Hello Lighthouse: A Visit with Sophie Blackall

h1 April 17th, 2018 by jules



 

I’ve got a review over at BookPage of Sophie Blackall’s beautiful Hello Lighthouse (Little, Brown, April 2018). That is here, if you’d like to read more about the book.

Here at 7-Imp, Sophie visits to tell me a bit about the book, her research for it, and her process. I thank her for visiting and sharing lots of art. Let’s get right to it.



 

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Sophie: This [below] was the lithograph which started it all. I bought it at the Brooklyn flea market, and it got me thinking about what it might have been like to live in a lighthouse. It stayed in a drawer until I figured out how I might make it into a book.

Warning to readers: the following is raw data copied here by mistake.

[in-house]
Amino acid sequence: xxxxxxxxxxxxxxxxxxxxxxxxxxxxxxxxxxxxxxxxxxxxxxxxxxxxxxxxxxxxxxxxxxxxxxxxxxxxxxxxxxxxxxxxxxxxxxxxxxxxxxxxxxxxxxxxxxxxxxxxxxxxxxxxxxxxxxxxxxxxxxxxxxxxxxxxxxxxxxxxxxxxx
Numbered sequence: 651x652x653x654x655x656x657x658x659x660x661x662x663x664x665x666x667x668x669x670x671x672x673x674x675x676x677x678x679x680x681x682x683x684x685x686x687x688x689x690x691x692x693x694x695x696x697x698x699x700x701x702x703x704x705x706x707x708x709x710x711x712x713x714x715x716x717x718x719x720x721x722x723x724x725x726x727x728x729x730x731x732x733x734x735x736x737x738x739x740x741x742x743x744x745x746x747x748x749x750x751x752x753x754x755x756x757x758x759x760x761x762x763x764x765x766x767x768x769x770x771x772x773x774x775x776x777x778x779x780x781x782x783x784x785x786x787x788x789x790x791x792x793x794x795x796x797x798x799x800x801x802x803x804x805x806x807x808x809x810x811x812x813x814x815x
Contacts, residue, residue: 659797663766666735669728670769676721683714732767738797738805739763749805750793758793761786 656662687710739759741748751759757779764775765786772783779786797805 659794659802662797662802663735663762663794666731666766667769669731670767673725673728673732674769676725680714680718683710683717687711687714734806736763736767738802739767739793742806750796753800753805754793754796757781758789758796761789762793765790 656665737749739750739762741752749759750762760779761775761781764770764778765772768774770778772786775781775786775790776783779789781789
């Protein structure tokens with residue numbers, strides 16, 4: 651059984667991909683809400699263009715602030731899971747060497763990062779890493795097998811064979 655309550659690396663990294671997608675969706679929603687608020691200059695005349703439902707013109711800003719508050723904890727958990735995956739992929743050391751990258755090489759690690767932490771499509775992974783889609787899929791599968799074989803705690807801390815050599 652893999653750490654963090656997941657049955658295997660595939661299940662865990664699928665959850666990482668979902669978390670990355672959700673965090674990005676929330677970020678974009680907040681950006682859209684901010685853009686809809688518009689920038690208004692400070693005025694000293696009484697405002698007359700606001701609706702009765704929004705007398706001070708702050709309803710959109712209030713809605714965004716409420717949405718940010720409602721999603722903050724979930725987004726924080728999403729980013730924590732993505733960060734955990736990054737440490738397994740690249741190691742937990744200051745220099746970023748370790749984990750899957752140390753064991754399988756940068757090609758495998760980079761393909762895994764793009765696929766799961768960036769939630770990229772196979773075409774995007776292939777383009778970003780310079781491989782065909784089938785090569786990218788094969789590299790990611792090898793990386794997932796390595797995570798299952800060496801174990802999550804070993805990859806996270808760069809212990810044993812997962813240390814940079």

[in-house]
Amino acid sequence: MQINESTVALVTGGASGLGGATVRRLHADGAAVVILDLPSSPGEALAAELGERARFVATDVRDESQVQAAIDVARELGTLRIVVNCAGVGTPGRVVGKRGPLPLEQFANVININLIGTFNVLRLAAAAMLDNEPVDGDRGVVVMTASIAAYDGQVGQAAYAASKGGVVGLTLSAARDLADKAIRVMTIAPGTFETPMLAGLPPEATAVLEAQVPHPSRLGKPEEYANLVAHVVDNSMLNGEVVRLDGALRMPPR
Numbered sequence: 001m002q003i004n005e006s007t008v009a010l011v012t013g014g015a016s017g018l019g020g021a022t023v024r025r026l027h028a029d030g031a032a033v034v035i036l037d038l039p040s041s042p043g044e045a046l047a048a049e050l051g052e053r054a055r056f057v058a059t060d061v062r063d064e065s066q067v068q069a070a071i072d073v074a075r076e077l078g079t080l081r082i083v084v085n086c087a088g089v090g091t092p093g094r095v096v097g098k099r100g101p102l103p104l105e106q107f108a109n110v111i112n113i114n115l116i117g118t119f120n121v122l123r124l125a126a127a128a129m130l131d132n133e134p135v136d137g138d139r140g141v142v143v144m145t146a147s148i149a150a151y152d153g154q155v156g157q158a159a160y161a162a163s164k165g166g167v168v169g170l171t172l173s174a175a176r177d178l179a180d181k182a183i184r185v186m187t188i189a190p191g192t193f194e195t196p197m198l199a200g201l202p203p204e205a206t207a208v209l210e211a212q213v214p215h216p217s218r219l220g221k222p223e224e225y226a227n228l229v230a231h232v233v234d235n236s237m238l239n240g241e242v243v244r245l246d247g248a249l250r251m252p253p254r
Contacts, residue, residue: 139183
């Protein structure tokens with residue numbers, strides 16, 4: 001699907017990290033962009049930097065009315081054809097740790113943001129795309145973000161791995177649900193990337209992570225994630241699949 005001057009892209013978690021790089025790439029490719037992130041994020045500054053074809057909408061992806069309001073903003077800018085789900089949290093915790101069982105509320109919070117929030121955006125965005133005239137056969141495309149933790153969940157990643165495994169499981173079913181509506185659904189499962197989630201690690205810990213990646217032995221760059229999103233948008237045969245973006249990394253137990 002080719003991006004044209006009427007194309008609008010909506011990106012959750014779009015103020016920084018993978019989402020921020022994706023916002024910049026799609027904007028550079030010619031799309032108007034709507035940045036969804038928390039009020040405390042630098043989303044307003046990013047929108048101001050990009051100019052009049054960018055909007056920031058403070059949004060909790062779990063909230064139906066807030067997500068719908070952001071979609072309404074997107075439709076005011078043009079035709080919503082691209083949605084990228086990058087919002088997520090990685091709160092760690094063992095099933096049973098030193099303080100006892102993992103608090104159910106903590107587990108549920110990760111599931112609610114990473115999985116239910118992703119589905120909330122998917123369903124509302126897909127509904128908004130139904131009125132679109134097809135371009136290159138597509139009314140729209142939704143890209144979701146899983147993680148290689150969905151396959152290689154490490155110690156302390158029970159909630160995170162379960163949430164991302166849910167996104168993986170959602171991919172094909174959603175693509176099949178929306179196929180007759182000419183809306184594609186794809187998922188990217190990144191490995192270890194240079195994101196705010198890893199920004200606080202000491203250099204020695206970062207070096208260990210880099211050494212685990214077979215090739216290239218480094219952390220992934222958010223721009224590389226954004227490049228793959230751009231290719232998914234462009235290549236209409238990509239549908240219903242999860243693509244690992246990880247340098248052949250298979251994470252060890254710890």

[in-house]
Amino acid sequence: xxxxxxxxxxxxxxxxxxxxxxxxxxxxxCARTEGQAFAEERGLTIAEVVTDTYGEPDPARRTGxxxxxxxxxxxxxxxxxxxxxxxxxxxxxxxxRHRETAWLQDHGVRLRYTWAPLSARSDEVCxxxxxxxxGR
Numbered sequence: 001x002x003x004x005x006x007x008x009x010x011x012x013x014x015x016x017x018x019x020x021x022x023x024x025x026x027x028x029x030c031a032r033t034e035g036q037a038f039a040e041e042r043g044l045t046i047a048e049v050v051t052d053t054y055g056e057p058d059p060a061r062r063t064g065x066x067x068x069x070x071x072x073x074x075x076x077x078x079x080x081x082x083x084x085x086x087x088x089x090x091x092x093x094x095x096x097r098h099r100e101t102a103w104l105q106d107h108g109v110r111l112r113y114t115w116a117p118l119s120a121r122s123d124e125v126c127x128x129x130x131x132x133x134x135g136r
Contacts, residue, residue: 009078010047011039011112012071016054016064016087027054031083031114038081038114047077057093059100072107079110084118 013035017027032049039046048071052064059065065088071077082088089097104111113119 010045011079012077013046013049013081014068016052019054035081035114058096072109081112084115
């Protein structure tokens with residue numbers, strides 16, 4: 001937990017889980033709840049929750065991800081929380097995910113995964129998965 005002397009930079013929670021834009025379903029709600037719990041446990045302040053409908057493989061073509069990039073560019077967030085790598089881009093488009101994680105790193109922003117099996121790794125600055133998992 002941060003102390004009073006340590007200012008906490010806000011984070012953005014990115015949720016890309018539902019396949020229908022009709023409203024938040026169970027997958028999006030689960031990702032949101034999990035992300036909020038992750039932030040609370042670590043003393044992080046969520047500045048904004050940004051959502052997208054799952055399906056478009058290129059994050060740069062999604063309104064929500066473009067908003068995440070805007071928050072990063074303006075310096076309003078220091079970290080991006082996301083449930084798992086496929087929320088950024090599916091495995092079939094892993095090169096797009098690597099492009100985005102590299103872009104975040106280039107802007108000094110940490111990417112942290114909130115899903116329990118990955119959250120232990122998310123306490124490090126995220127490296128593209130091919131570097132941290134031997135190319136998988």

I have always loved cutaways and had a poster of a cross-section of a house on my bedroom wall as a child.

I painted this twice the size of the book, so I could get the detail in the tiny rooms.

 


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I made this paper to wrap a book I was giving to [editor] Susan Rich when I was selling her on the idea of a lighthouse book. Not exactly subtle, but she fell for it.

 


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Before I could begin writing, I thought I’d better go and stay in a lighthouse. I’d been looking for an excuse for years. The one I chose was the Quirpon Island Light off the Northernmost tip of Newfoundland, Canada. It is visited by icebergs and whales and is full of stories. It had everything I was looking for in a lighthouse.

 


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I delved deep into coastguard archives and lighthouse museums, looking for visual references for fresnel lenses and keepers’ uniforms and logbooks.

 



 

I learned how important the supply ships or tenders were to life on a lighthouse. Tenders were all named after flowers. [Below] is the Tulip.